Leaving the Caribbeans to head back home was no easy task!
After 8 months in the Caribbeans amid a global pandemic, lockdowns, PCR tests, and last but not least, hurricane season, home was looking more and more like a mirage. Would we ever be able to make it back?
After loads of research and negotiating, we finally found a safe place where to leave Gladan during the hurricane season so that we could fly back to Europe and see our families and friends.
The place was Canouan marina, which is brand new and has been built for luxurious superyachts, slightly bigger than Gladan…
It was built by Italian architects and it looks like a small version of Porto Fino or Porto Rotondo, with the addition of an airpot right next to it, so that yacht owners can fly in and out with their private jets in no time.
We found out about this marina thanks to our friends who decided to take refuge inside it when Gonzalo, one of the first hurricanes-to-be of the season, decided to give us all a good scare coming right towards the Grenadines….but that’s another story!
Because of Covid, and thanks to the special hurricane rates, we managed to get a mooring in the marina for the whole month of August at a reasonable price, without having to sell any of our beloved limbs 🙂
The marina consists of a channel, almost a mile long, and once you’re deep inside, you’re so sheltered and the boat is so stable that you feel like being on land – which means you’ll sleep like a queen! And possibly sweat like a pig :)! It can indeed get a little hot if you, like us, don’t have air con on board. The moorings at the very end of the channel are so sheltered that no breeze will ever reach you! Only mozzies will!
Yes, there is a little suffering involved, but it’s all worth it when you enter the marina’s bathrooms…which are literally to die for. I thought that Lymington marinas’ in the UK were great…until I actually saw these ones! Suffice it to say, Gc managed to do yoga inside the shower bed and neither of us had ever taken so many unnecessary showers before!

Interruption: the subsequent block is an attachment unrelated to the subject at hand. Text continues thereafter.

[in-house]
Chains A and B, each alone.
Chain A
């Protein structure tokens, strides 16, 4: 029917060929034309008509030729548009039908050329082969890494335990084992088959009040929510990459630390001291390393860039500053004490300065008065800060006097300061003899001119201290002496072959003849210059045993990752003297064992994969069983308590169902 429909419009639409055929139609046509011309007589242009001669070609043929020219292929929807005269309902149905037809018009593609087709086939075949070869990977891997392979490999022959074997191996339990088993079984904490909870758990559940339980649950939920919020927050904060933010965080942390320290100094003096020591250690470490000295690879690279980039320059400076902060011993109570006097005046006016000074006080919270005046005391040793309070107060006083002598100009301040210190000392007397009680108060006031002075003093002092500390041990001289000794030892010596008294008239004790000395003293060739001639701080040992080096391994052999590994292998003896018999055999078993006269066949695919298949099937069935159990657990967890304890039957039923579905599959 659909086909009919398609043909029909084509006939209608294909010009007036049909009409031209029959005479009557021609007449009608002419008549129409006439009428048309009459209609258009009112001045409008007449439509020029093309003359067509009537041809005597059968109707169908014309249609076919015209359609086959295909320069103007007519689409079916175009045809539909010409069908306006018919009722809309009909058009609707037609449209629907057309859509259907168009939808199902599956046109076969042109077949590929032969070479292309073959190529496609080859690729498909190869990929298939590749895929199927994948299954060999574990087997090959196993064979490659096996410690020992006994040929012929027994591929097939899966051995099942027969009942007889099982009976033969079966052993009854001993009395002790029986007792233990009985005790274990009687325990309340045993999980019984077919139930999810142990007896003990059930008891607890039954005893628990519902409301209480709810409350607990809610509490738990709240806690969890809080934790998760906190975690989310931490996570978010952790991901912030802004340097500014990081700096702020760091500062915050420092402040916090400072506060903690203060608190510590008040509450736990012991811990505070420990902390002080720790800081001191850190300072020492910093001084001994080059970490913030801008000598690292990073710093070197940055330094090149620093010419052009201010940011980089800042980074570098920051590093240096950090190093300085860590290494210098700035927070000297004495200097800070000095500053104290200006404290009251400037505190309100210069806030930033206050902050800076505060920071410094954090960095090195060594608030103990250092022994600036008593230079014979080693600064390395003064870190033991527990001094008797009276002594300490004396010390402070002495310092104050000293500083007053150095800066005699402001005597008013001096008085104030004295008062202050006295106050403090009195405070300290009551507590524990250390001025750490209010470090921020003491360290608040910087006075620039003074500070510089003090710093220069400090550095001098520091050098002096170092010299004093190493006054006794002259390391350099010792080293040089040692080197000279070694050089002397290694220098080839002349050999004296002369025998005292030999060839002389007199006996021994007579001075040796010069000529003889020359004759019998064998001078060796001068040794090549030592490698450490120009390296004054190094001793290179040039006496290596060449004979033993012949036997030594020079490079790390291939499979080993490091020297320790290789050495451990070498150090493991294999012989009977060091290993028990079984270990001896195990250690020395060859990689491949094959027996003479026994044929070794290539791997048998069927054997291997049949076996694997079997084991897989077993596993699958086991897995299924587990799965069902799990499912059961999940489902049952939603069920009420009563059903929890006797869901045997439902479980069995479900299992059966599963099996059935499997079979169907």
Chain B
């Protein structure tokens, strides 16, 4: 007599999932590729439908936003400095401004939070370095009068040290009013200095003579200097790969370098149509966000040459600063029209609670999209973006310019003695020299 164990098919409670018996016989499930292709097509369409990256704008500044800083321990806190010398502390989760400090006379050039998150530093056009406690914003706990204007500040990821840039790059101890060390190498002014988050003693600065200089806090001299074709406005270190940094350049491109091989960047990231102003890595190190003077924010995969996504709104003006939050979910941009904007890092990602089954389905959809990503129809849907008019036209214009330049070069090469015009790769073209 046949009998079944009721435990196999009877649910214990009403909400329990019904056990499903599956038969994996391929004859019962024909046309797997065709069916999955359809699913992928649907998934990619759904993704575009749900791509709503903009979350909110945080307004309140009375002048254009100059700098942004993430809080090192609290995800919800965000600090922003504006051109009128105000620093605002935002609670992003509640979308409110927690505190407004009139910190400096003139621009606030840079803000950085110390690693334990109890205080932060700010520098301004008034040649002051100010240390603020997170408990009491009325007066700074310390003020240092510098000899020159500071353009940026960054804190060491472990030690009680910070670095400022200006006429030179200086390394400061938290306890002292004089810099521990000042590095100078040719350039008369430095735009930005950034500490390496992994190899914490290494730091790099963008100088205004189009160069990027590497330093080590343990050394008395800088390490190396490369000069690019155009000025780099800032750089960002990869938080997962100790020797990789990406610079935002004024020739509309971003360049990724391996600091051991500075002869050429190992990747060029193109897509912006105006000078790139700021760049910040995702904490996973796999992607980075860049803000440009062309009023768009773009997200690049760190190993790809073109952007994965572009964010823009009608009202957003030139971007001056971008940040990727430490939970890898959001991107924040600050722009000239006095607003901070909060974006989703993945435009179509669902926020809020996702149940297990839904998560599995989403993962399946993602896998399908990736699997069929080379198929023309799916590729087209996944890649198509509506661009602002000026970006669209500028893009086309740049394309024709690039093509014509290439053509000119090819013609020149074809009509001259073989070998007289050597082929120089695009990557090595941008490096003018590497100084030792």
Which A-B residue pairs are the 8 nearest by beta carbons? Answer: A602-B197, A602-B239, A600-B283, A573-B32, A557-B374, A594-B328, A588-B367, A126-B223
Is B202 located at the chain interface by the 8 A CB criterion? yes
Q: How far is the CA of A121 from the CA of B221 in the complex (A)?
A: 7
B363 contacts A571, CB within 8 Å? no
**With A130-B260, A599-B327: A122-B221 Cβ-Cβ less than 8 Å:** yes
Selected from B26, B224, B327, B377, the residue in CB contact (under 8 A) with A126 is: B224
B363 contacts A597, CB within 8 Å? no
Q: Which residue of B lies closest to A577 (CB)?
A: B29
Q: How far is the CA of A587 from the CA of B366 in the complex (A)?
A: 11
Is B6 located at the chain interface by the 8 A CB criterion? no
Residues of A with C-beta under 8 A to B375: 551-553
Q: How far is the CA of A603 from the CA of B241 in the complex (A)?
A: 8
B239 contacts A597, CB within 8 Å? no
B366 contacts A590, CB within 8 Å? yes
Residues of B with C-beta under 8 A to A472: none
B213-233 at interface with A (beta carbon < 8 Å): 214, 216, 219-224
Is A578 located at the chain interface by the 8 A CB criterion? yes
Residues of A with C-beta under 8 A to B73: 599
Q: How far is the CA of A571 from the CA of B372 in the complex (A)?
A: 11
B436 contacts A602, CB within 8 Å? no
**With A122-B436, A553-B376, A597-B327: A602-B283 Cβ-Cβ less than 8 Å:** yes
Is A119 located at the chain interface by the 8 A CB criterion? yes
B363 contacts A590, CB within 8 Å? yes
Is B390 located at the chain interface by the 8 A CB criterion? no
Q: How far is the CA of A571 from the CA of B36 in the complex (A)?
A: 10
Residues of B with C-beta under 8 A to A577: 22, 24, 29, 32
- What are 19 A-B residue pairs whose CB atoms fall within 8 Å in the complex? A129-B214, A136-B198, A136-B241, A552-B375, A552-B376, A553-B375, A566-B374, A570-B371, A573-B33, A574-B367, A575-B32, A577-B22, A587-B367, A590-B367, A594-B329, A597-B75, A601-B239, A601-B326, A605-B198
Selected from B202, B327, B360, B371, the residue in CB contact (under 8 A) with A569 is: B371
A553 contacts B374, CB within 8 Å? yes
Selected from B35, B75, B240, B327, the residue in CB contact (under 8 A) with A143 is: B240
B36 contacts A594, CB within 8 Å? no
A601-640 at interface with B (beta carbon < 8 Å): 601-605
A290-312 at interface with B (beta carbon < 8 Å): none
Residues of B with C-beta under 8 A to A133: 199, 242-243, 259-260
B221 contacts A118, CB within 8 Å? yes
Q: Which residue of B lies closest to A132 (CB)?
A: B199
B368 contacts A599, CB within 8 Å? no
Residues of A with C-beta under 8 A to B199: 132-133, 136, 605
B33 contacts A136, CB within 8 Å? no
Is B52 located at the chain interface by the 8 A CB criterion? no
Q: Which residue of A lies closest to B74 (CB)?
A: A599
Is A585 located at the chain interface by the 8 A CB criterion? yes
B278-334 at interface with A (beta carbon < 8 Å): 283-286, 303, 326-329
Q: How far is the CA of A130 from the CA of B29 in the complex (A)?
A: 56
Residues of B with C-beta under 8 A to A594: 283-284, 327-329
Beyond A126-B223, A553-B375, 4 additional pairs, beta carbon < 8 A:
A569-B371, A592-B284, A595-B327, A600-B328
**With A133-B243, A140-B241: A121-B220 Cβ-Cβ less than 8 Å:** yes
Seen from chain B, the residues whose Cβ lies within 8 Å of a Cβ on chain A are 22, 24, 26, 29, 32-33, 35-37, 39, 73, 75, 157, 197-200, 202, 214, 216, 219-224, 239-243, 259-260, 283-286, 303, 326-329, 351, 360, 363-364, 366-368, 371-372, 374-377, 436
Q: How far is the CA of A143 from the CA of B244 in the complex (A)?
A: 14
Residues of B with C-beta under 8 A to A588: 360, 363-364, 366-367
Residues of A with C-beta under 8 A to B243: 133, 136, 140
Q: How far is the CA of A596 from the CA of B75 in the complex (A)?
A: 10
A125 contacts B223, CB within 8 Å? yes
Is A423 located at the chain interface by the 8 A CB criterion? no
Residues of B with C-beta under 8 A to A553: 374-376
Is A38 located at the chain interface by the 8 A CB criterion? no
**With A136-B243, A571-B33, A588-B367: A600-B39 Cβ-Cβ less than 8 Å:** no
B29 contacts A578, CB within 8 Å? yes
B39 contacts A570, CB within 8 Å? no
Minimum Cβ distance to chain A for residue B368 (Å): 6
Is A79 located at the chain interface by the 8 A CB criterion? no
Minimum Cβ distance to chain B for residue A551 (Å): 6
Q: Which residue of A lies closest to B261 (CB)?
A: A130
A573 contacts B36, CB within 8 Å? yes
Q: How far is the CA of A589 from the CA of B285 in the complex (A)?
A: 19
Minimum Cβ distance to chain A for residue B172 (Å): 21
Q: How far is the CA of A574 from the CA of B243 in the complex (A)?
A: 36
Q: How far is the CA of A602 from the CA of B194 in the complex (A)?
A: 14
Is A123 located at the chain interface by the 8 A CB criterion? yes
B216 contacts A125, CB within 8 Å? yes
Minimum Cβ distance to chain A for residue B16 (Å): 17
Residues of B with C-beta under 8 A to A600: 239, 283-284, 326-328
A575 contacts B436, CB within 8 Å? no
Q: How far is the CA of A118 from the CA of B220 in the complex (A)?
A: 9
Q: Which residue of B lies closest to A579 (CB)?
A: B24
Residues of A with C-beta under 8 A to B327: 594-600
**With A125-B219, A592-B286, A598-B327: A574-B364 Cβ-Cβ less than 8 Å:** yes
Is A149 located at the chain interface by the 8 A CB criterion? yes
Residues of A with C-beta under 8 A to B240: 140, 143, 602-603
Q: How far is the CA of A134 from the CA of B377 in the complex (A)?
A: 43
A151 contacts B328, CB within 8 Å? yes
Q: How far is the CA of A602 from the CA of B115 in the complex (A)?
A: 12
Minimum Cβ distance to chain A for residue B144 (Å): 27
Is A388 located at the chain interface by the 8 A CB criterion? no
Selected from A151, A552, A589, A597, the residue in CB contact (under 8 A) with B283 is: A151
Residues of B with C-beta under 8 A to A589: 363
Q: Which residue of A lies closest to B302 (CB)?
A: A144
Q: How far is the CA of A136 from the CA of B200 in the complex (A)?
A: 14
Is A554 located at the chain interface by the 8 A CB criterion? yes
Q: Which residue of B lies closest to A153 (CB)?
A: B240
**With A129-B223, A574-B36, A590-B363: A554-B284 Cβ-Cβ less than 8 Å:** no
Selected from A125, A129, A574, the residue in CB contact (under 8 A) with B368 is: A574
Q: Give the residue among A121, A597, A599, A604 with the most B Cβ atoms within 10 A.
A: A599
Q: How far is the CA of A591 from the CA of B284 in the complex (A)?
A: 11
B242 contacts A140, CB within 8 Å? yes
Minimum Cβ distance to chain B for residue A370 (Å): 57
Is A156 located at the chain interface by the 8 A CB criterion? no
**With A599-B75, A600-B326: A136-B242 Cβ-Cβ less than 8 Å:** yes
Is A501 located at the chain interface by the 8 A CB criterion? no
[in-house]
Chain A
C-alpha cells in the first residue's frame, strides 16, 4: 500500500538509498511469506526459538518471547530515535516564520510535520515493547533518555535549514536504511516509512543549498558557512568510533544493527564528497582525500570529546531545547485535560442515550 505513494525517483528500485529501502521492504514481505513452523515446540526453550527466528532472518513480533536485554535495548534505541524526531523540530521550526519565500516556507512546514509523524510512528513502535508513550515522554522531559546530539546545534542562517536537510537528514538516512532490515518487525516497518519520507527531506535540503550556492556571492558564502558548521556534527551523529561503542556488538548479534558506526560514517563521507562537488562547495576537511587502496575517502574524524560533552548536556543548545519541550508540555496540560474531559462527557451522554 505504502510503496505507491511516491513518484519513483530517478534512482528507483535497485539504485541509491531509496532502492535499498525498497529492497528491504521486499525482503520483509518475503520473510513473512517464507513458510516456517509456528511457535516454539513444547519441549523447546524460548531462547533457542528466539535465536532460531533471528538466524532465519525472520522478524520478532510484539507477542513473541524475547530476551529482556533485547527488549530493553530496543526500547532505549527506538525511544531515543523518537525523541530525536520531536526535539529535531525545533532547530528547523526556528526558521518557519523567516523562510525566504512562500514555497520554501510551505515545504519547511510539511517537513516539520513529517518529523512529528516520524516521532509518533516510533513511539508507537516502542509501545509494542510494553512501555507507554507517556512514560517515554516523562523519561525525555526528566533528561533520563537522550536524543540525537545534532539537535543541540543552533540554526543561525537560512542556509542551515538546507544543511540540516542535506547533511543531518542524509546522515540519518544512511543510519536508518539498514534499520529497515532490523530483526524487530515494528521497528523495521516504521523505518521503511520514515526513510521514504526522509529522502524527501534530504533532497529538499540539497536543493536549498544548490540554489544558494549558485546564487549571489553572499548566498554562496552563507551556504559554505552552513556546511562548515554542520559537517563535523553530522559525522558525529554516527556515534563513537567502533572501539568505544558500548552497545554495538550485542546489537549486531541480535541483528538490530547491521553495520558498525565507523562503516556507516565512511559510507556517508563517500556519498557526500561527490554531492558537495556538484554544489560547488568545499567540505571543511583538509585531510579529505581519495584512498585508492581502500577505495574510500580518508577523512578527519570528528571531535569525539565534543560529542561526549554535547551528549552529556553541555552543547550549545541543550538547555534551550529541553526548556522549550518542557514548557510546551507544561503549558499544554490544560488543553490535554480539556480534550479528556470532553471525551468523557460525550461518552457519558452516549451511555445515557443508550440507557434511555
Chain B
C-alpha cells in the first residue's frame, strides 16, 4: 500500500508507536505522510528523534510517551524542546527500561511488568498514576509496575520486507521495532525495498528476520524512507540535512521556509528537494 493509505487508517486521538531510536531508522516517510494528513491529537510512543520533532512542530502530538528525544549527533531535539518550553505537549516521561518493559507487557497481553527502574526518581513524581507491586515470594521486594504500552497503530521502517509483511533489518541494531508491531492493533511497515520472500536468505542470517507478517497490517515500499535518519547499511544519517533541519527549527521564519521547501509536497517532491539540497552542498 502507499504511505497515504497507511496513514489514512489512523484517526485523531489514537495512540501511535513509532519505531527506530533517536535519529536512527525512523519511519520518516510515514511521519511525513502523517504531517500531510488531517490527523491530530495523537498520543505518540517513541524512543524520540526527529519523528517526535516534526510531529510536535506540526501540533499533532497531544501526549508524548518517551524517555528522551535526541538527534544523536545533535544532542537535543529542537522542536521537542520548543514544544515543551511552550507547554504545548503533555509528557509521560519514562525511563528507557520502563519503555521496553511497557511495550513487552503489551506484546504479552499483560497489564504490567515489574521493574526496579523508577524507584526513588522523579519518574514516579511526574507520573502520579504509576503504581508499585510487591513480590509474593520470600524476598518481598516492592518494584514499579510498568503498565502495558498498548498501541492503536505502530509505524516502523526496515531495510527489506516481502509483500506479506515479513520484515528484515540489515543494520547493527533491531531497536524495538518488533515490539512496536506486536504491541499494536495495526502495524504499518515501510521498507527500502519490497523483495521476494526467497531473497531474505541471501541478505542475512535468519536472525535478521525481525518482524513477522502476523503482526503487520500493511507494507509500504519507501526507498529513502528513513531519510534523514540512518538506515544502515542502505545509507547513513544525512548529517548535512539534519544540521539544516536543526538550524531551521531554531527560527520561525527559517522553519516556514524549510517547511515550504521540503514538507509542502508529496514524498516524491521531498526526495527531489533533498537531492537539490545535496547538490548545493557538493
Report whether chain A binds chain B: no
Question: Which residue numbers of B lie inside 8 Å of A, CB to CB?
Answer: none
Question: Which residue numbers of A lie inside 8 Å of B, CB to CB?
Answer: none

Not to mention that you’re escorted around the marina on golf carts and given lifts to and from the well assorted and very convenient supermarket inside the marina. (P.S. Prices are in EC not dollars, in case you were wondering!). The staff seem to take offence every time you venture out for a walk; wherever you are.. they spot you, chase you, and take you on board their golf carts or dinghies. There is no escaping from them…they’ll intercept you even by sea 🙂
The staff is so friendly that it all looks rather unreal. But we were there and experienced it…it’s all true!
When we planned our trip back to Europe, we thought we had it all figured out. We would need to get a ferry from Canouan to St. Vincent (SVG), then a flight from SVG to Barbados and then finally a direct one to London. Easy! And of course, we would need a PCR test, taken 72 hours before travelling.
After phoning the ministry of health of all the islands involved in our journey several times (my advice is always double check the information you’re given as you might find yourself in troubles if you don’t…), as well as the various ferry companies (a reduced service runs between the Grenadines due to Covid 19), I found out very last minute (Friday morning and our departure from Canouan by ferry was meant to be on Monday..) that the SVG government had decided to postpone the bank holidays that would normally take place in May to…. August! And not just any time in August…. but the Monday and Tuesday before our Wednesday’s flights to Barbados and London. Sweet!